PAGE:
A version of this was published in The Santa Fe New Mexican
July 14, 2011
The Democratic Party might have a 3-to-1 voter registration edge over Republicans in Santa Fe, but the city in late September will play host for a “retreat” attended by major GOP contributors and potential big-money donors, organized by the Republican Governors Association.
At least one potential presidential candidate is scheduled to be at the private Sept. 21-23 gathering. Texas Gov. Rick Perry, who currently chairs the Republican Governors Association, will be there, according to a spokesman for Gov. Susana Martinez, as will several other GOP governors.
And yes, the host governor will attend, spokesman Scott Darnell said Wednesday.
Politico’s Mike Allen said in a column this week that the Santa Fe retreat is one of several held each year by the association’s Executive Roundtable.
“The roundtable — which requires members to contribute a minimum of $25,000 a year to the RGA — is part of an RGA effort to cultivate major individual donors, rather than the corporate donors upon whom the group traditionally relied,” Allen wrote.
Allen quotes “a source familiar with the RGA’s finances” who said that contributions from roundtable members accounted for almost half of the $22.1 million the RGA raised in the first half of this year.
Specifics of the events haven’t been publicized. And it doesn’t look like they will be.
Asked Wednesday where the retreat will take place, association spokesman Mike Schrimpf said “We usually don’t give out that information.” None of the events will be open to the public, he noted.
Schrimpf said such retreats typically feature policy sessions with GOP governors as well as dinners and other social events.
A roundtable retreat is scheduled in Aspen, Colo., for next week. According to both Politico and a Washington Post blog, among the Republican governors attending that event will be Perry, Nikki Haley of South Carolina, Scott Walker of Wisconsin and Susana Martinez of New Mexico.
If Martinez does have national ambitions, as some pundits have speculated, getting well acquainted with the big-money bunch at these private schmooze sessions won’t hurt.
Rite of first refusal: Republican presidential candidate Mitt Romney this week publicly refused to sign a controversial pledge by a group of social conservatives in Iowa. On Wednesday, his rival Tim Pawlenty followed suit and said he wouldn’t sign “The Marriage Vow — A Declaration of Dependence upon Marriage and Family” touted by the organization called Family Leader.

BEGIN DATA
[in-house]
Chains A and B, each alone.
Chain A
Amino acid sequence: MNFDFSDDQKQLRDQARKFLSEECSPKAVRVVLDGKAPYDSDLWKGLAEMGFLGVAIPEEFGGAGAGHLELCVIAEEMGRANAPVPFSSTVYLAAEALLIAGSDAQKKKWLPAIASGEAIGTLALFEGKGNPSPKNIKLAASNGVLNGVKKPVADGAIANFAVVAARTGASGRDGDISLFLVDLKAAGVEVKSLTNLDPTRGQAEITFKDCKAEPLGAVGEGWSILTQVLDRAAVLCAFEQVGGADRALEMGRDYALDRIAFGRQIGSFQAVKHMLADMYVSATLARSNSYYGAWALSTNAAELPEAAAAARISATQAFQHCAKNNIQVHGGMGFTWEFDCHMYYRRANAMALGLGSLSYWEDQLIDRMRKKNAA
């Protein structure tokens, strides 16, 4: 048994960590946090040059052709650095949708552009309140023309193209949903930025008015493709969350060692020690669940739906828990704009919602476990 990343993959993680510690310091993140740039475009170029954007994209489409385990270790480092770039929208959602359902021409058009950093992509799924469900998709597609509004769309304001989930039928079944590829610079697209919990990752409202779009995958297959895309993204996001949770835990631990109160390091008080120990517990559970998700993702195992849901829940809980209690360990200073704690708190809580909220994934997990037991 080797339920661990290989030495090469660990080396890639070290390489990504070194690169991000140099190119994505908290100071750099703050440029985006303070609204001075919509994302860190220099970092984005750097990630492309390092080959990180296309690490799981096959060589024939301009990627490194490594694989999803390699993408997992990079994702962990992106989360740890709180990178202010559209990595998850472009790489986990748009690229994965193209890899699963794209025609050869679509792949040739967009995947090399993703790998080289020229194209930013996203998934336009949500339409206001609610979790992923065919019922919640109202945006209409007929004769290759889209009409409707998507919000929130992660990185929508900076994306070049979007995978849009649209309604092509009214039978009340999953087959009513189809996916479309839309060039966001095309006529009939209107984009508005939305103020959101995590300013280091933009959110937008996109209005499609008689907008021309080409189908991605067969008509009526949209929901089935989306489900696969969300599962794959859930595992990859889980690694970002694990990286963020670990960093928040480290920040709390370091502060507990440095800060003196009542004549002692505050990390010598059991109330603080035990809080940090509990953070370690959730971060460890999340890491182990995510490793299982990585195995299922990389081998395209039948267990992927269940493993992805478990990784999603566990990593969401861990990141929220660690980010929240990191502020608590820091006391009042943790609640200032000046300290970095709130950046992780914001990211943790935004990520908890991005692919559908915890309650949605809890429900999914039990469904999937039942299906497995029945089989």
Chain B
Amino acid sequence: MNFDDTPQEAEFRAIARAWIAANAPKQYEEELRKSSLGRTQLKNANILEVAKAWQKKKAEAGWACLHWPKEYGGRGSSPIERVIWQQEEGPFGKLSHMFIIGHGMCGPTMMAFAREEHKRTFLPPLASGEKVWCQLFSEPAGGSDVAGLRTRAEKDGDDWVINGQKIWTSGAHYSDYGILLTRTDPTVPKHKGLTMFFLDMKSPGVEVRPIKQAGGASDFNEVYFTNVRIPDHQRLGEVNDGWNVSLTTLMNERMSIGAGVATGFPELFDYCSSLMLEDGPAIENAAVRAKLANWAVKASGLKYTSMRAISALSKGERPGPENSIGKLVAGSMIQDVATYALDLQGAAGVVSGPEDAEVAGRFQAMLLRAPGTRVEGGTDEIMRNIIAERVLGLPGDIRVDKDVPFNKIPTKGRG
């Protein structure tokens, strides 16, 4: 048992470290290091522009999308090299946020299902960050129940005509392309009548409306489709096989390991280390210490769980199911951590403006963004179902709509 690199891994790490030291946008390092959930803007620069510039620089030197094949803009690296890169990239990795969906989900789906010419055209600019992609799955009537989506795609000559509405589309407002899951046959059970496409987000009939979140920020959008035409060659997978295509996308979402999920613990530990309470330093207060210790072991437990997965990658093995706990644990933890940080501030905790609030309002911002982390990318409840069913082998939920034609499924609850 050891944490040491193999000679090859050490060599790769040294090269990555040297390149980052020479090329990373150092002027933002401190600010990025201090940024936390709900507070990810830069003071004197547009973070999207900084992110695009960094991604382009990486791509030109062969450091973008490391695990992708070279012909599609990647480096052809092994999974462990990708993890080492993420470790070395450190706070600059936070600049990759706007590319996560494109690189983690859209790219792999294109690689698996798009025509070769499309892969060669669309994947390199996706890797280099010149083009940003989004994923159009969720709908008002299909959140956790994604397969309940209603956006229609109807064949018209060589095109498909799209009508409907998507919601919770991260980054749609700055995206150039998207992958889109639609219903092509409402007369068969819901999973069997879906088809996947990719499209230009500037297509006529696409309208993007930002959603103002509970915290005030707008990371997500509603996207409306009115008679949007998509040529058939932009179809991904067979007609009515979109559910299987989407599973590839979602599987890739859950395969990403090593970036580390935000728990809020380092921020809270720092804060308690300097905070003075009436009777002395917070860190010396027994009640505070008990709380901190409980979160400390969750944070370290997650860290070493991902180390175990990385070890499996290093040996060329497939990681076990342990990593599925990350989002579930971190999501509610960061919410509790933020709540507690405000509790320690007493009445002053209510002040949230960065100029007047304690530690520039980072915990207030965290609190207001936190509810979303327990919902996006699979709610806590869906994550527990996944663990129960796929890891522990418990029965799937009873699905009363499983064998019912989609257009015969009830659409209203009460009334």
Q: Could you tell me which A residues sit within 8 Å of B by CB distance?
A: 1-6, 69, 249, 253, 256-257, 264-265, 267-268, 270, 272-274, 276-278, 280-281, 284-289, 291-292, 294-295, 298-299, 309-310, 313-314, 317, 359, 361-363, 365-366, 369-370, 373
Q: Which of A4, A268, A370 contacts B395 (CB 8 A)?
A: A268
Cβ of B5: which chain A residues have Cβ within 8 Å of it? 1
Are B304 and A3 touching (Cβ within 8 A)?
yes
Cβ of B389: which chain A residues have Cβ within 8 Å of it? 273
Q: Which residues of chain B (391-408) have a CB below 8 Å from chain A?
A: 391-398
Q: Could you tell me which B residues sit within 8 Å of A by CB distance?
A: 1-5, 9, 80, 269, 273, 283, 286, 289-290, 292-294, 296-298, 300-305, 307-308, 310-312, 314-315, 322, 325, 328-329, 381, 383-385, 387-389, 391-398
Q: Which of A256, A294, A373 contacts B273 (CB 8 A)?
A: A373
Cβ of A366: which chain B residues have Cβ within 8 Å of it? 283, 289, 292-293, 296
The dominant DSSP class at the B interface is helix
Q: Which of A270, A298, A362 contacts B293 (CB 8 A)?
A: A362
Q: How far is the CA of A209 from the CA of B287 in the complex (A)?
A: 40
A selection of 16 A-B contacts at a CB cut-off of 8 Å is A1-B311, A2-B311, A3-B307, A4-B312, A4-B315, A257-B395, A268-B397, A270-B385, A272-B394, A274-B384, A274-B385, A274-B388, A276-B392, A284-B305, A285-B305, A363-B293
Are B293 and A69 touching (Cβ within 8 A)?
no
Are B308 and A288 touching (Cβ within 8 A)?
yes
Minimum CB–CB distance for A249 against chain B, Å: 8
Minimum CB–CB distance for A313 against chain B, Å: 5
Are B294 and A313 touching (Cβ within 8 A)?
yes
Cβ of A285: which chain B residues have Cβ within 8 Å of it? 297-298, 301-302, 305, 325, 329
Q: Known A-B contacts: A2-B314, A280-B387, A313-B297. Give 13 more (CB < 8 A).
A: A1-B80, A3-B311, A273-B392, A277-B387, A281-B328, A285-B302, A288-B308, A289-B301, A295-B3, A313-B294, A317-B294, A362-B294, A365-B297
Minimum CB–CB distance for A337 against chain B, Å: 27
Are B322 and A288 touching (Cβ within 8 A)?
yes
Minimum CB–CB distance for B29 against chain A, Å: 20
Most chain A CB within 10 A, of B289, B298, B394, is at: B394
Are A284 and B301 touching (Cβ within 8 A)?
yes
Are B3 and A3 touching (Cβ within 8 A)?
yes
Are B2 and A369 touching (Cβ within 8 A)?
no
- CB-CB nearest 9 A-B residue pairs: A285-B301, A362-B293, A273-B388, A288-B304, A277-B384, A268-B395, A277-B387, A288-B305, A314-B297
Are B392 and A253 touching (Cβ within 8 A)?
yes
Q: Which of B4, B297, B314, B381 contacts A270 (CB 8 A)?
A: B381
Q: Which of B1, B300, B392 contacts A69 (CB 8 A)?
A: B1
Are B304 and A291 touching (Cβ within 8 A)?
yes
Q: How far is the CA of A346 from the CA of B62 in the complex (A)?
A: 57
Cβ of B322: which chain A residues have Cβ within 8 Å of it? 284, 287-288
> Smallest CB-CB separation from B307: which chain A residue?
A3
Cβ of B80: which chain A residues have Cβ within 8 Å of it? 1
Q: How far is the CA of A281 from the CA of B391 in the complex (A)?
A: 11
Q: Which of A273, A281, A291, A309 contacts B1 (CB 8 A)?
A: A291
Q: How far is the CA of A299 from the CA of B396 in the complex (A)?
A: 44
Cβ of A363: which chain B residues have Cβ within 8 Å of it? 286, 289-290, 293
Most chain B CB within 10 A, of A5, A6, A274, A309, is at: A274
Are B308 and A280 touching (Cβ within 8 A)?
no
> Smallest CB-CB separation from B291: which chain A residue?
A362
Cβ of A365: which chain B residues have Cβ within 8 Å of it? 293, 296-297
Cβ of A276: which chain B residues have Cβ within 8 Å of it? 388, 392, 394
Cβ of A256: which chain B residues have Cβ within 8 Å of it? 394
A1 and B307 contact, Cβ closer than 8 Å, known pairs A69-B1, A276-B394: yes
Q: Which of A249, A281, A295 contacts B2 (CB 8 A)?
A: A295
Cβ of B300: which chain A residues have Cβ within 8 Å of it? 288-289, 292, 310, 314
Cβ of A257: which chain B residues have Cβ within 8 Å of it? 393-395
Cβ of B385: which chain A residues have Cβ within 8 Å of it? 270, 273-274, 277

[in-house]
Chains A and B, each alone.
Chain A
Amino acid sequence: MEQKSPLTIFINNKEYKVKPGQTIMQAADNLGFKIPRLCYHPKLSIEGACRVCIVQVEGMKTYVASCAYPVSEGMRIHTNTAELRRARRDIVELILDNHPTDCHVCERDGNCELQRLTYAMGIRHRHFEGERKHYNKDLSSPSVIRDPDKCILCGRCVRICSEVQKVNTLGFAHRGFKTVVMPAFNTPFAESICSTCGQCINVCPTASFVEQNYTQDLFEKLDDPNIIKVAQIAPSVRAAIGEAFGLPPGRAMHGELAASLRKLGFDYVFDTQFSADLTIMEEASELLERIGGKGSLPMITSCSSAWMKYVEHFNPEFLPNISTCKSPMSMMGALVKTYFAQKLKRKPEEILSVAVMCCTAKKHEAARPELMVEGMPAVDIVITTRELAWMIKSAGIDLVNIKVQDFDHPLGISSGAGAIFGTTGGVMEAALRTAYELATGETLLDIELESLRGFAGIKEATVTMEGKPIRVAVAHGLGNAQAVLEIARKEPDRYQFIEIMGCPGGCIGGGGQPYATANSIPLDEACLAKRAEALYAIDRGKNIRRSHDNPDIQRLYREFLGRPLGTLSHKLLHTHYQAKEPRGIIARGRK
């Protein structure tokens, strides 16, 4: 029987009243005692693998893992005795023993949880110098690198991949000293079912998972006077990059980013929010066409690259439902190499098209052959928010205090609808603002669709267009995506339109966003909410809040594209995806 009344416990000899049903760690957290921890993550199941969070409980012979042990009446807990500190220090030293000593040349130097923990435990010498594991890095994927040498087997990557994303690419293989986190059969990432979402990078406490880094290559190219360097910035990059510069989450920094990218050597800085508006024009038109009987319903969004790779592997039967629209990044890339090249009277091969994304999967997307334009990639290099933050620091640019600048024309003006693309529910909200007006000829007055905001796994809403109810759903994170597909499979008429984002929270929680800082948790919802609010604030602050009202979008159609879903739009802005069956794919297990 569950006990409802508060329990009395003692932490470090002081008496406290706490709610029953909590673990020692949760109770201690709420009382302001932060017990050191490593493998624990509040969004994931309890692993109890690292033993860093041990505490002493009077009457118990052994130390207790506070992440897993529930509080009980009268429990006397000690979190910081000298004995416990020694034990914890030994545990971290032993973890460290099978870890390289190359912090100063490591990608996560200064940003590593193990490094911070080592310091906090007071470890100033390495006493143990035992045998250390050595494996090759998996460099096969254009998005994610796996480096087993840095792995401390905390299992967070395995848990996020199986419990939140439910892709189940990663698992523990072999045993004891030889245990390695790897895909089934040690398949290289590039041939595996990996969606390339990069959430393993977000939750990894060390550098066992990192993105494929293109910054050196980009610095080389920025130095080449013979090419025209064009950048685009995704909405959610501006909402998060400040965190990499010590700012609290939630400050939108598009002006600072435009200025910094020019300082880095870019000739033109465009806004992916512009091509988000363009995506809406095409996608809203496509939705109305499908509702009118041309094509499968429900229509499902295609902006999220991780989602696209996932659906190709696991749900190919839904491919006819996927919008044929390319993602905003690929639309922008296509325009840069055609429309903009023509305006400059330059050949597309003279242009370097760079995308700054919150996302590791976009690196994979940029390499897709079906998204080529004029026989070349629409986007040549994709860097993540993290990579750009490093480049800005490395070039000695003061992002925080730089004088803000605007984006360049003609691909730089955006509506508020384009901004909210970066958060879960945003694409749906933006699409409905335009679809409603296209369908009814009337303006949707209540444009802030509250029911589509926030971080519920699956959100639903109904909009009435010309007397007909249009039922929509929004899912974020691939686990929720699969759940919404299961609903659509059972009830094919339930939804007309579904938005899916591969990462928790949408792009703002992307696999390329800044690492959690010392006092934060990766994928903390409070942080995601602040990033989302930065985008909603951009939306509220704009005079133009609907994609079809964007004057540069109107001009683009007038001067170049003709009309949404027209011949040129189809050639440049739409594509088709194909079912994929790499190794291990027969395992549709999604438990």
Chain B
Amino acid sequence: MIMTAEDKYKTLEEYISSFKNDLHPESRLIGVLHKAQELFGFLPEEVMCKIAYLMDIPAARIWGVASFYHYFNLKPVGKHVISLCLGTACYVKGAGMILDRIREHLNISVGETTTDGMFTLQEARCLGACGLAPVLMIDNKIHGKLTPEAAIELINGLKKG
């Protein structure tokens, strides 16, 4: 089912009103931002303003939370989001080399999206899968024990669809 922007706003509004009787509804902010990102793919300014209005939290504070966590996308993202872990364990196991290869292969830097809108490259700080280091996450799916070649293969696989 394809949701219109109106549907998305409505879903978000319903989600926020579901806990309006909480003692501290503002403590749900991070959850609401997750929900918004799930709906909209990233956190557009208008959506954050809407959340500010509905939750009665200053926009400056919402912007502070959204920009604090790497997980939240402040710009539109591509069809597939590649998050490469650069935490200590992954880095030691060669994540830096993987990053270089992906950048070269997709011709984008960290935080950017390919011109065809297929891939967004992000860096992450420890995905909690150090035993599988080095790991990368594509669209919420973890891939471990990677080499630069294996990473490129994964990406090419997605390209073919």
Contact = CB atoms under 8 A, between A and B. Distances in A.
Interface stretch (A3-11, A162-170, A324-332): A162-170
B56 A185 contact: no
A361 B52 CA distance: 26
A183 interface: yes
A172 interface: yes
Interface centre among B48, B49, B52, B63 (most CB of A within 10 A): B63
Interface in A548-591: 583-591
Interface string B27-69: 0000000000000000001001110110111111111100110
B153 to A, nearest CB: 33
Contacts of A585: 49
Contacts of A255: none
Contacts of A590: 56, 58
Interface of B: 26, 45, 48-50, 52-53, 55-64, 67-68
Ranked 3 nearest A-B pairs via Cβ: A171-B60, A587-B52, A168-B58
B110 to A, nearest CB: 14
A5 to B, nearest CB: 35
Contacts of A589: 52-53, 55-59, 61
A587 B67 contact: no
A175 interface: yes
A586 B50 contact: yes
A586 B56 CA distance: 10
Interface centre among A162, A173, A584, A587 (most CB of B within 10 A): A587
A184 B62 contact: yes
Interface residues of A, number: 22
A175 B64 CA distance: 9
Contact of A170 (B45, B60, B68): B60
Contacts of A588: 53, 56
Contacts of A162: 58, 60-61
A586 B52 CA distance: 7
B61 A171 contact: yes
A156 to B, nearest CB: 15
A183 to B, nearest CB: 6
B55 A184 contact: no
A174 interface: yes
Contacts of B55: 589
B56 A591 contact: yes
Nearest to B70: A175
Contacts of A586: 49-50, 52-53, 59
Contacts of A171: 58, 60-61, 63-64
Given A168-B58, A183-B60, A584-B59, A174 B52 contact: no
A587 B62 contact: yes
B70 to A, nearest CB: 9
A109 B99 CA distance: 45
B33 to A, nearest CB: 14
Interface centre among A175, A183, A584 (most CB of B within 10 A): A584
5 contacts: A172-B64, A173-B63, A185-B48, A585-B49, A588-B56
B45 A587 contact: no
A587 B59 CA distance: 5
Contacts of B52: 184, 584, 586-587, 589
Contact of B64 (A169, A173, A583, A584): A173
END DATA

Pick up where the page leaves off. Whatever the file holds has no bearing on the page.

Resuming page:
The pledge covers a variety of issues including gay marriage, abortion, marital fidelity, porn and Sharia law. Candidates Michele Bachmann and Rick Santorum quickly signed on.
But while those two former governors were agonizing over whether to risk offending the religious right, former New Mexico Gov. Gary Johnson, a longshot 2012 contender, not only declined to put his John Hancock on the pledge, he ripped into it with glee.
“While the Family Leader pledge covers just about every other so-called virtue they can think of, the one that is conspicuously missing is tolerance,” Johnson wrote Saturday in his campaign blog. “In one concise document, they manage to condemn gays, single parents, single individuals, divorcees, Muslims, gays in the military, unmarried couples, women who choose to have abortions and everyone else who doesn’t fit in a Norman Rockwell painting. ...
"The Republican Party cannot afford to have a Presidential candidate who condones intolerance, bigotry and the denial of liberty to the citizens of this country," Johnson said, "If we nominate such a candidate, we will never capture the White House in 2012.”
“Well, first of all, who’s Gary Johnson?” Family Leader leader Bob Vander Plaats asked when Salon.com sought his response to Johnson’s statement.